to use the subject or object pronoun or a reflexive pronoun. . . For one another. Another factor in the use of reciprocal pronouns appears to be the animacy . is dependent on the number of participants involved: each other should be used with two participants and one another with more than two: Bob and George dislike each other. The three sisters are devoted to one another. They refer back to the subject of the clause. They got along. speakerlistener role that everyone is experiencing: I’d like to remind ourselves. dual. and occur as object or prepositional complement: We always speak Romanian to each other. Quirk et al. whereas each other appears to occur freely in both speech and writing. Amundson (1994) noted that the written mode seems more amenable to the use of one another than the spoken mode. These may also be instances where a first-person narrator is interacting with several other people and uses “ourselves” instead of “us” to capture the interactive.or even humanness . The American Heritage Dictionary (1992) states that one another is preferred over each other in temporally ordered series of events or things: The waiters followed one another into the room. whereas participants can be inanimate in the case of each other: These sentences have nothing to do with each other.g. A and B hate each other means A hates B and B hates A. For these forms the subject must be conjoined or plural: Bob and Dick can’t stand each other. Prescriptive tradition and some current grammar books state that the rule for distinguishing the two reciprocal pronoun phrases. 4 Reciprocal pronouns The reciprocal pronouns each other and one another are similar in use to reflexive pronouns. The five children in that family helped one another throughout their lives. each other and one another. Reciprocal pronouns express a mutual relation between two or more parties: e. Each other is far more common than one another. they admired one another. or their desire to use a phonetically more salient form in juxtaposition with one or more proper names.of the referents. (1985) reject this rule and offer an explanation based on register rather than number: each other is informal. and one another is used in more formal contexts. all subject participants tend to be animate or human. Anca Cehan 9 .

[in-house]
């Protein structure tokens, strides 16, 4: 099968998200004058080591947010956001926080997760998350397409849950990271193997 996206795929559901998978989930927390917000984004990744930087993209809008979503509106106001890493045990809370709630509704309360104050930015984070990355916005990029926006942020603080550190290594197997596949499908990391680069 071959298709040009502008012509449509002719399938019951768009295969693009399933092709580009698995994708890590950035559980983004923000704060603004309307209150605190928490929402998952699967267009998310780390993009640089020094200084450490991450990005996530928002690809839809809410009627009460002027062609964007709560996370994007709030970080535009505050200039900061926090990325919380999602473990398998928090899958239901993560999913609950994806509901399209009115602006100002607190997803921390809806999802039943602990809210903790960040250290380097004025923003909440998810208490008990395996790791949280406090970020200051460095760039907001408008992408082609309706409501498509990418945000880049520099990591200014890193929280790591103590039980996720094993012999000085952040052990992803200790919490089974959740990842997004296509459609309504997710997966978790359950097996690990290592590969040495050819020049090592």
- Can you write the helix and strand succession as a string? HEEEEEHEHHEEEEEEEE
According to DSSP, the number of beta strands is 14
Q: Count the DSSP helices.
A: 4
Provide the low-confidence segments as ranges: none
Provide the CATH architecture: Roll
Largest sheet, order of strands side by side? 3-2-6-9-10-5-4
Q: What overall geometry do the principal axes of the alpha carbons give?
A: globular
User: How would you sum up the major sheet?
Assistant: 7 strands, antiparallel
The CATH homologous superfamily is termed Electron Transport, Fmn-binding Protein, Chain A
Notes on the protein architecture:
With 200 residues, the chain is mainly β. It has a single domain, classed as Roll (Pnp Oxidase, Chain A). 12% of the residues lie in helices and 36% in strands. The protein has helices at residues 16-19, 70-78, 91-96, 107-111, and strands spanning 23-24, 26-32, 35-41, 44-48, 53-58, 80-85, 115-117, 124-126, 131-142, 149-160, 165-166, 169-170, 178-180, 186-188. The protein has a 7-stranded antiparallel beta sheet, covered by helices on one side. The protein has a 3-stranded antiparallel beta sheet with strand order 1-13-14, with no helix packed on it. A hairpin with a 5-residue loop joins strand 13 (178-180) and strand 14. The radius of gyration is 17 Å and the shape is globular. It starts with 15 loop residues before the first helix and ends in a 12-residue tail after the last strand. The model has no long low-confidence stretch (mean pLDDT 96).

demonstrative pronouns are usually pronounced with stress and so carry greater communicative weight. and those act as demonstrative determiners. It was just incredible. For example: Anca Cehan 10 . on the other hand. these) and 'distant’ reference ( that. these. But unlike the pronoun it . Like demonstrative determiners.1 The meaning and use of reflexive and reciprocal pronouns A potential cross-linguistic problem derives from the distinction English makes between plural reflexive pronouns and reciprocal pronouns. where it often has a vague reference: That's what I thought.To sum up. They also act as demonstrative pronouns. That is especially common in conversation. it seems to be used by some English speakers and writers to the exclusion of one another. those). those). in fact. which match the determiners in their meaning and function: That was by far my favourite ride. mom? B : Those are called hot plates. Many languages (Romanian among them) can use virtually the same forms to refer to both the reflexive and reciprocal meaning and allow the context to disambiguate. These pronouns all refer to something in the context — either in the neighbouring part of the text or the external situation. demonstrative pronouns contrast in terms of singular (this. I should put that in a frame or something and keep it. B: Yeah. The demonstrative pronouns are much less frequent than the personal pronouns. That is the most common of the demonstrative pronouns. The children hit each other. 5 Demonstrative pronouns The four words this. Demonstrative pronouns can often be considered as alternatives to the pronoun i t . and in terms of 'near' reference (this. The children hit themselves. is most frequent in academic writing. that) and plural (these. Both this and these are used commonly for textual linkage. 4. that. This . A: What are these. A: What a neat picture. each other is clearly the more frequent and flexible reciprocal pronoun.